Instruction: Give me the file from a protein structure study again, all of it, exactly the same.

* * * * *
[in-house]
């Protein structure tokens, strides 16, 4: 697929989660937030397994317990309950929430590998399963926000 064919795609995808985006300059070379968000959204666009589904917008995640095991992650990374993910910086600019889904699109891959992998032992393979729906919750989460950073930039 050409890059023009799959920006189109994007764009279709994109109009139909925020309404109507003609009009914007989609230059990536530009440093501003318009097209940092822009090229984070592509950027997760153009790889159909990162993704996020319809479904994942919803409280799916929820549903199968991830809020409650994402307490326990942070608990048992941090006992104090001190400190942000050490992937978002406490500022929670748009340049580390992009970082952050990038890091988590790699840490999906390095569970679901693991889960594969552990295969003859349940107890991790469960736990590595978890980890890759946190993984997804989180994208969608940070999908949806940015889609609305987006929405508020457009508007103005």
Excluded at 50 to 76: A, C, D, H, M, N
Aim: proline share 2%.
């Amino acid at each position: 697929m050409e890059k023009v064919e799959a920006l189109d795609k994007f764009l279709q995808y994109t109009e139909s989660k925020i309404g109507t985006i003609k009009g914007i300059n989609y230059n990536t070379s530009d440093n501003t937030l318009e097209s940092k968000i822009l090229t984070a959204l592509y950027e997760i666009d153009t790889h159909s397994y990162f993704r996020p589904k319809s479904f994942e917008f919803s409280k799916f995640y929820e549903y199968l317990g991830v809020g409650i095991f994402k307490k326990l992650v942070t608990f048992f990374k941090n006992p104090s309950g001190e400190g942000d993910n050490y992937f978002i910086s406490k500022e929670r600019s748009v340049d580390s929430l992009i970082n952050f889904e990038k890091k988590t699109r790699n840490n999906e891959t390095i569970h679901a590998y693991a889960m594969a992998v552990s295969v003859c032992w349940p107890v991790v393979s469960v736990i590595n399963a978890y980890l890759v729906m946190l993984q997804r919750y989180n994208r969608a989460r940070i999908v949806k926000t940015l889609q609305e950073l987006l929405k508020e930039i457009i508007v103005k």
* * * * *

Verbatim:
[in-house]
């Protein structure tokens, strides 16, 4: 697929989660937030397994317990309950929430590998399963926000 064919795609995808985006300059070379968000959204666009589904917008995640095991992650990374993910910086600019889904699109891959992998032992393979729906919750989460950073930039 050409890059023009799959920006189109994007764009279709994109109009139909925020309404109507003609009009914007989609230059990536530009440093501003318009097209940092822009090229984070592509950027997760153009790889159909990162993704996020319809479904994942919803409280799916929820549903199968991830809020409650994402307490326990942070608990048992941090006992104090001190400190942000050490992937978002406490500022929670748009340049580390992009970082952050990038890091988590790699840490999906390095569970679901693991889960594969552990295969003859349940107890991790469960736990590595978890980890890759946190993984997804989180994208969608940070999908949806940015889609609305987006929405508020457009508007103005």
Excluded at 50 to 76: A, C, D, H, M, N
Aim: proline share 2%.
């Amino acid at each position: 697929m050409e890059k023009v064919e799959a920006l189109d795609k994007f764009l279709q995808y994109t109009e139909s989660k925020i309404g109507t985006i003609k009009g914007i300059n989609y230059n990536t070379s530009d440093n501003t937030l318009e097209s940092k968000i822009l090229t984070a959204l592509y950027e997760i666009d153009t790889h159909s397994y990162f993704r996020p589904k319809s479904f994942e917008f919803s409280k799916f995640y929820e549903y199968l317990g991830v809020g409650i095991f994402k307490k326990l992650v942070t608990f048992f990374k941090n006992p104090s309950g001190e400190g942000d993910n050490y992937f978002i910086s406490k500022e929670r600019s748009v340049d580390s929430l992009i970082n952050f889904e990038k890091k988590t699109r790699n840490n999906e891959t390095i569970h679901a590998y693991a889960m594969a992998v552990s295969v003859c032992w349940p107890v991790v393979s469960v736990i590595n399963a978890y980890l890759v729906m946190l993984q997804r919750y989180n994208r969608a989460r940070i999908v949806k926000t940015l889609q609305e950073l987006l929405k508020e930039i457009i508007v103005k």